Home CoronaVirus Governor lifts mask mandate in schools beginning March 7

Governor lifts mask mandate in schools beginning March 7

Kids in masks at Princeton Family YMCA
Noting the significant decline of statewide COVID-19 metrics, Gov. Phil Murphy has announced that masks and facial coverings will no longer be mandated for students, staff members or visitors in New Jersey’s schools and childcare centers effective March 7.

“I must thank the overwhelming majority of students, parents, administrators, educators and support staffers who have worn their masks without problem or protest since our schools reopened for in-person learning,” Murphy was quoted as saying in a press release.

“Thankfully, we have reached a point where we feel confident we can take another step toward normalcy for our kids. Given the continued drop in new cases and hospitalizations, projections indicating a continued decline over the coming weeks, and the continued growth of vaccinations for our school-age population, we believe we can responsibly end the universal mask mandate,” he said.

School district administrators and childcare facility operators can choose to continue to implement universal masking policies after the mandate is lifted in March, according to a Feb. 7 press release from the Governor’s office.

Schools that do not impose universal masking should revise their COVID policies to use masking among other prevention strategies under certain circumstances, according to the press release.

Schools will not be permitted to prohibit the use of facial coverings by individuals.

Administrators will be expected to take disciplinary action in instances of bullying should those instances arise due to an individual’s choice to continue wearing a mask, according to the press release.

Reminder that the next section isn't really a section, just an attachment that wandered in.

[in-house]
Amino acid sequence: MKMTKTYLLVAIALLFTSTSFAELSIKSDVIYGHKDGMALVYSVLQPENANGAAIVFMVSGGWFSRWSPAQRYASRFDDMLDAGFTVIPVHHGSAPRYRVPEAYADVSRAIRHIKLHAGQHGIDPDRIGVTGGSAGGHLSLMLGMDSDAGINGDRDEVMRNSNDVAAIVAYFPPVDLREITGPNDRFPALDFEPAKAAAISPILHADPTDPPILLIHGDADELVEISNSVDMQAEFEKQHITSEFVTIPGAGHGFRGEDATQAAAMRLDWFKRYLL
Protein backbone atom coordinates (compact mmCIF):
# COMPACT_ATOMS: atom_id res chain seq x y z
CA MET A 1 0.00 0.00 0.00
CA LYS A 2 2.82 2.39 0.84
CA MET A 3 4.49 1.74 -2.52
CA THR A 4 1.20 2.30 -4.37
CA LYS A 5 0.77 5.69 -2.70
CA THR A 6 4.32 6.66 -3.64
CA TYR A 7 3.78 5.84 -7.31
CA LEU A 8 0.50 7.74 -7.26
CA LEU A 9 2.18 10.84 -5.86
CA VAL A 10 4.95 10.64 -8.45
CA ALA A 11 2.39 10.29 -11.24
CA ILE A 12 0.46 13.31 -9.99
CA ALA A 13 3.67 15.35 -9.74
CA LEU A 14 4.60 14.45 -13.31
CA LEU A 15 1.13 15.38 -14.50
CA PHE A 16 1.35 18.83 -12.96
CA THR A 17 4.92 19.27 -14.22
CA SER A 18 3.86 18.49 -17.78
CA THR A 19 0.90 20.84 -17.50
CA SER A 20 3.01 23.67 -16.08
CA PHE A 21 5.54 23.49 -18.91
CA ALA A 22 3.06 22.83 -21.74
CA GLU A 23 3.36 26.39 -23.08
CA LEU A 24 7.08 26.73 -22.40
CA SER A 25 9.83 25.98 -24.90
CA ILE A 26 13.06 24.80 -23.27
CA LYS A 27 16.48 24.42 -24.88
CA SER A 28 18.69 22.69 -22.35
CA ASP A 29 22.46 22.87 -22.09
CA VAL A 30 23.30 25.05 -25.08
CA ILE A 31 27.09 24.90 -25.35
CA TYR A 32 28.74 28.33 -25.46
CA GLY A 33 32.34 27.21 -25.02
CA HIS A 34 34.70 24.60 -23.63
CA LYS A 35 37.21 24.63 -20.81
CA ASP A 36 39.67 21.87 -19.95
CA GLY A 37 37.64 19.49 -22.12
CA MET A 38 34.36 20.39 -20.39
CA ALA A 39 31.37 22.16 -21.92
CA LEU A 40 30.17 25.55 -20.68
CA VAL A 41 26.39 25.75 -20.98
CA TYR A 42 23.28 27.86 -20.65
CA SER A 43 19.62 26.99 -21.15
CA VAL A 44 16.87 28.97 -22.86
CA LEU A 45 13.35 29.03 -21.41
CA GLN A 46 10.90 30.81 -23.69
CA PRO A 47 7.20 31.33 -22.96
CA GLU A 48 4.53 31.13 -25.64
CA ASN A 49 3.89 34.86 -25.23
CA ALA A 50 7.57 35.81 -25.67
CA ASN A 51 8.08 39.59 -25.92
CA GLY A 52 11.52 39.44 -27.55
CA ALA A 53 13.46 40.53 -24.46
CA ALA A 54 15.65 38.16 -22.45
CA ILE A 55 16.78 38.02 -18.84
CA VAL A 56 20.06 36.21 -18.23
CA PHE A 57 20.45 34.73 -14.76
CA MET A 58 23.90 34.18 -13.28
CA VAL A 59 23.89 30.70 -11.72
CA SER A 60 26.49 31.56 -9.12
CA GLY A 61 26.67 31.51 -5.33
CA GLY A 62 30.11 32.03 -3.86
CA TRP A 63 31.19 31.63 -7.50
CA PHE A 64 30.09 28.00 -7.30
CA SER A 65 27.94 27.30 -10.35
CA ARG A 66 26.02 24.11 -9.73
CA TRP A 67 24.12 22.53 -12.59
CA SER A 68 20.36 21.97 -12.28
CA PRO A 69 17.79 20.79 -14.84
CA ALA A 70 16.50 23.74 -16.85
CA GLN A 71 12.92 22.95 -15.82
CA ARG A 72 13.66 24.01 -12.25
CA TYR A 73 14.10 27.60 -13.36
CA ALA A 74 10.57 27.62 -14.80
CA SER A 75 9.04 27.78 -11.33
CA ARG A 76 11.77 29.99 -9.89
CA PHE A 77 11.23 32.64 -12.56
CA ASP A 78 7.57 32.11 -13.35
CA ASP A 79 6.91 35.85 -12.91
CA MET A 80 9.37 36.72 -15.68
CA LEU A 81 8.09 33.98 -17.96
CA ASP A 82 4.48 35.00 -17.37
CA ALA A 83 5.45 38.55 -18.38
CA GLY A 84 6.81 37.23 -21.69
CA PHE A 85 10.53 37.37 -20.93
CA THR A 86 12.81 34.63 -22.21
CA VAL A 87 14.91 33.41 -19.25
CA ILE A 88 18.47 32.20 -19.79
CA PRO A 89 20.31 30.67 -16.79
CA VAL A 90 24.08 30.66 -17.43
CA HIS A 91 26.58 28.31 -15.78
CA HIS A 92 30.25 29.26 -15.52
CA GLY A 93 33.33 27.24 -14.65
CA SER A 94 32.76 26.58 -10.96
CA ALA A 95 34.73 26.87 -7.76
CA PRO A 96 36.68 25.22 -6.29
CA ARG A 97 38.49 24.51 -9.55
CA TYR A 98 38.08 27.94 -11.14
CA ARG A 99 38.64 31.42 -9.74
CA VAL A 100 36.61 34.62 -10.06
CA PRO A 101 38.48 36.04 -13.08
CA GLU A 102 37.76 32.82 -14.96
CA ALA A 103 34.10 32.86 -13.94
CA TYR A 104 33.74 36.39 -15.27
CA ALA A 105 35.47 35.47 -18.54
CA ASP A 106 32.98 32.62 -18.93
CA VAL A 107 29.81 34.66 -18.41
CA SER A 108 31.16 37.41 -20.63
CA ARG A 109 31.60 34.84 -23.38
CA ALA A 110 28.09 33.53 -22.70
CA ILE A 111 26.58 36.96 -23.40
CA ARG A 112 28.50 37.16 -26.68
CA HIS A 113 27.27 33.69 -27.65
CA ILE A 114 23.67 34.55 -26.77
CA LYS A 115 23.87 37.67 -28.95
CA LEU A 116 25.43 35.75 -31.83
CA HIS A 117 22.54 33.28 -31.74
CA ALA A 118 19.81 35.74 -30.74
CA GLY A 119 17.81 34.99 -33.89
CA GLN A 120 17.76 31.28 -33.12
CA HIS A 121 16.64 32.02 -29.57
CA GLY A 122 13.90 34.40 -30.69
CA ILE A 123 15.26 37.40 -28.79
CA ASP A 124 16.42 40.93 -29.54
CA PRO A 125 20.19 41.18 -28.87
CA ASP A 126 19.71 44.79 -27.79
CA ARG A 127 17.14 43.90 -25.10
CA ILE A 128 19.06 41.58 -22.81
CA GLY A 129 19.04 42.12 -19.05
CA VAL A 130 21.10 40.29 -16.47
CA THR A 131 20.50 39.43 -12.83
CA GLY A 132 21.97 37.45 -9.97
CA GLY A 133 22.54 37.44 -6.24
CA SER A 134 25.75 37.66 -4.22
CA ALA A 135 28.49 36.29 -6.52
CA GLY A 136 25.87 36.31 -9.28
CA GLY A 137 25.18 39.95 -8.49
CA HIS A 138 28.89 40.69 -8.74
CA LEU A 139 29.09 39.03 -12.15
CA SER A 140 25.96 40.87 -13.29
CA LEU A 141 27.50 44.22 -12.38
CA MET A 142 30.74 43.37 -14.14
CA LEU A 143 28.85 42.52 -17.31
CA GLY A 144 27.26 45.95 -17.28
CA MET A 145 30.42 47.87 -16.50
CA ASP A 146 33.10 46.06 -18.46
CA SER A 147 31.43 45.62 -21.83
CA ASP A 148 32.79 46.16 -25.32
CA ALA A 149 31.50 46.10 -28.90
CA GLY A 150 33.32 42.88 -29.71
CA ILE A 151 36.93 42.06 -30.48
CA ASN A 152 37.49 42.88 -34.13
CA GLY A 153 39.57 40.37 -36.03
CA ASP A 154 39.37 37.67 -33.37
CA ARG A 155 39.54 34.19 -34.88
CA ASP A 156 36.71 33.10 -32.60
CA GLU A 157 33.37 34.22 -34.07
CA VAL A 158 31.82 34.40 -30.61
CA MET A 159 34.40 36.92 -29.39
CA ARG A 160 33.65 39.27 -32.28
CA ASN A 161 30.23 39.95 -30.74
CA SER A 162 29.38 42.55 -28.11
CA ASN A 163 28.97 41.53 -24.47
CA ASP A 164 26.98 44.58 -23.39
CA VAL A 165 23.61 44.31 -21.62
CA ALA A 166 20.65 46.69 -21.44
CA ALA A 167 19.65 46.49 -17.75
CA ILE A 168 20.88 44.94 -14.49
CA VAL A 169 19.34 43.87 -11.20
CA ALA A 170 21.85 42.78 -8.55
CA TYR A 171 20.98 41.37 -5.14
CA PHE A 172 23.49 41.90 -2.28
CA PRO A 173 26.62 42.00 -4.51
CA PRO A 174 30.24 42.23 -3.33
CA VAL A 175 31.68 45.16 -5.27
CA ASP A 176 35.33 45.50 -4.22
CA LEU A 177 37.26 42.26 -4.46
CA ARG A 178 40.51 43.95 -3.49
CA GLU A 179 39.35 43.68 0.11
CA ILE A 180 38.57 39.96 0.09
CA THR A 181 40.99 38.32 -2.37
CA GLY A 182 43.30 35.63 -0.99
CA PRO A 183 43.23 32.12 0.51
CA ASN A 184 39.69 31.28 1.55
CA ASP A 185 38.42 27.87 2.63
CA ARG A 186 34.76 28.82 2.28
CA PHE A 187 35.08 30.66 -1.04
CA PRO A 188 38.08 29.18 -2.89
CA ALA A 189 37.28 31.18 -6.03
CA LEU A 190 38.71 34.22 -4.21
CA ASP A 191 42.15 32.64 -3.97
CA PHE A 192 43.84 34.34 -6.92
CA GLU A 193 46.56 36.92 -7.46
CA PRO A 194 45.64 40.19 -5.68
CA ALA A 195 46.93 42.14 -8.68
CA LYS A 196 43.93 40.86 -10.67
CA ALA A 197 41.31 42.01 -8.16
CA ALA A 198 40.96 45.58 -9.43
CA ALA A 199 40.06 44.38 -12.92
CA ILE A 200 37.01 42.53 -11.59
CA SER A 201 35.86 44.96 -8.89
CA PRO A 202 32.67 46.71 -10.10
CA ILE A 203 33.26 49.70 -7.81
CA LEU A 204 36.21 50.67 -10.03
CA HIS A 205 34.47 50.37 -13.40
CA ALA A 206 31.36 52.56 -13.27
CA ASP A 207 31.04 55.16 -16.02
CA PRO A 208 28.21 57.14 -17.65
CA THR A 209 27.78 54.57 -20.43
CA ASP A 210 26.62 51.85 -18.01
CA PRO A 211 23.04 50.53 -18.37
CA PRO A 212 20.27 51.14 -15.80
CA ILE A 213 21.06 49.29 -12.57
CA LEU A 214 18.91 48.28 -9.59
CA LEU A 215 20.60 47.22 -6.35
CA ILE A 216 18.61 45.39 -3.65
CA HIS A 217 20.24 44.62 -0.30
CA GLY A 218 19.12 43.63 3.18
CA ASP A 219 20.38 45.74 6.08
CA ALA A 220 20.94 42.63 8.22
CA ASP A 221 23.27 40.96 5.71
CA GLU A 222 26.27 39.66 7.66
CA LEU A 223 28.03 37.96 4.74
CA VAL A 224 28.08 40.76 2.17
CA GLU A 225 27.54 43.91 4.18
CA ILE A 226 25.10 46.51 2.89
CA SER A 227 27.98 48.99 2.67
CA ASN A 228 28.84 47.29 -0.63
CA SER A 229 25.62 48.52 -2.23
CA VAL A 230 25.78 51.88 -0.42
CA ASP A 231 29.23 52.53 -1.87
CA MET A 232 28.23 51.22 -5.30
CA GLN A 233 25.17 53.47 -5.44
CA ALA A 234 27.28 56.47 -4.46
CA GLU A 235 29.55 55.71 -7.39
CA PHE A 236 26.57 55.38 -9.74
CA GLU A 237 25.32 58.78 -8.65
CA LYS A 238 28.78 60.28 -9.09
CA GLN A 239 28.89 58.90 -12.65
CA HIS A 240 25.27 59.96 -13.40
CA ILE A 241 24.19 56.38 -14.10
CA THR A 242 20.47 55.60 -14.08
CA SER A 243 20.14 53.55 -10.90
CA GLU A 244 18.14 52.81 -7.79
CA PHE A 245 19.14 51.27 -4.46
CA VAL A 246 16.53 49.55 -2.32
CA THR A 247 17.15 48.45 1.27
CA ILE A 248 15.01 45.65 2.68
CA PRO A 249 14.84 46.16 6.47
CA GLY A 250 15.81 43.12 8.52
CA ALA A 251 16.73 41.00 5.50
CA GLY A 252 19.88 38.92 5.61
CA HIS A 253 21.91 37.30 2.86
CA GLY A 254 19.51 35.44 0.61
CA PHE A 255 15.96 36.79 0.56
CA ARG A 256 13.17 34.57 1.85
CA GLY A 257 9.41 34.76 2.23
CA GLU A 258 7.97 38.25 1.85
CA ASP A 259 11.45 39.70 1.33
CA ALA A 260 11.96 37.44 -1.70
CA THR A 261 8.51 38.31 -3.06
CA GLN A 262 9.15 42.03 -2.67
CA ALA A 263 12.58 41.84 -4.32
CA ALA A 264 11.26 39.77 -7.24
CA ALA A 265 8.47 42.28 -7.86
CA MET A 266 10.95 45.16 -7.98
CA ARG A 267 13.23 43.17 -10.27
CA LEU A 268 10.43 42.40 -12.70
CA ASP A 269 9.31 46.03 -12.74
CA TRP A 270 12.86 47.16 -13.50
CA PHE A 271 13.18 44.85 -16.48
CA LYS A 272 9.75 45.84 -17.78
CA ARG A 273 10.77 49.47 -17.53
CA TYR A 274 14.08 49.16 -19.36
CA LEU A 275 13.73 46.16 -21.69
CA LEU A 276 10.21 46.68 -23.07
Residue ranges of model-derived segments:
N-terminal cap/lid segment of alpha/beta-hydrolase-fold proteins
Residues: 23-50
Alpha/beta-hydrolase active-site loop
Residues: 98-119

Prior to the mandate being lifted, the New Jersey Department of Health will release guidance to help school districts update their policies to align with the risks and unique needs of their setting and student population to ensure safe learning environments, according to the press release.

“The department will develop guidance that incorporates all aspects of safety in schools while children are unmasked,” Health Commissioner Judith Persichilli said in the press release. “We know every parent wants to do what is best for their children.”

For the South Brunswick School District, Superintendent of Schools Scott Feder said he hopes the Department of Education and the Department of Health will send out communications and guidance to all boards of education prior to March 7.
“It is not so simple as a governor making an announcement; this requires a cause and effect analysis as it relates to other existing guidance. For example, what happens when a student is back in school on day six or seven after a positive case of COVID?
“Currently, the guidance is for that student to wear a mask for the next five days. Will this now be optional or not? How about the guidance as it relates to close contacts being required to quarantine? This rule fluctuates based upon not only where the child is, but also whether they and potential other close contacts were properly wearing masks,” Feder said.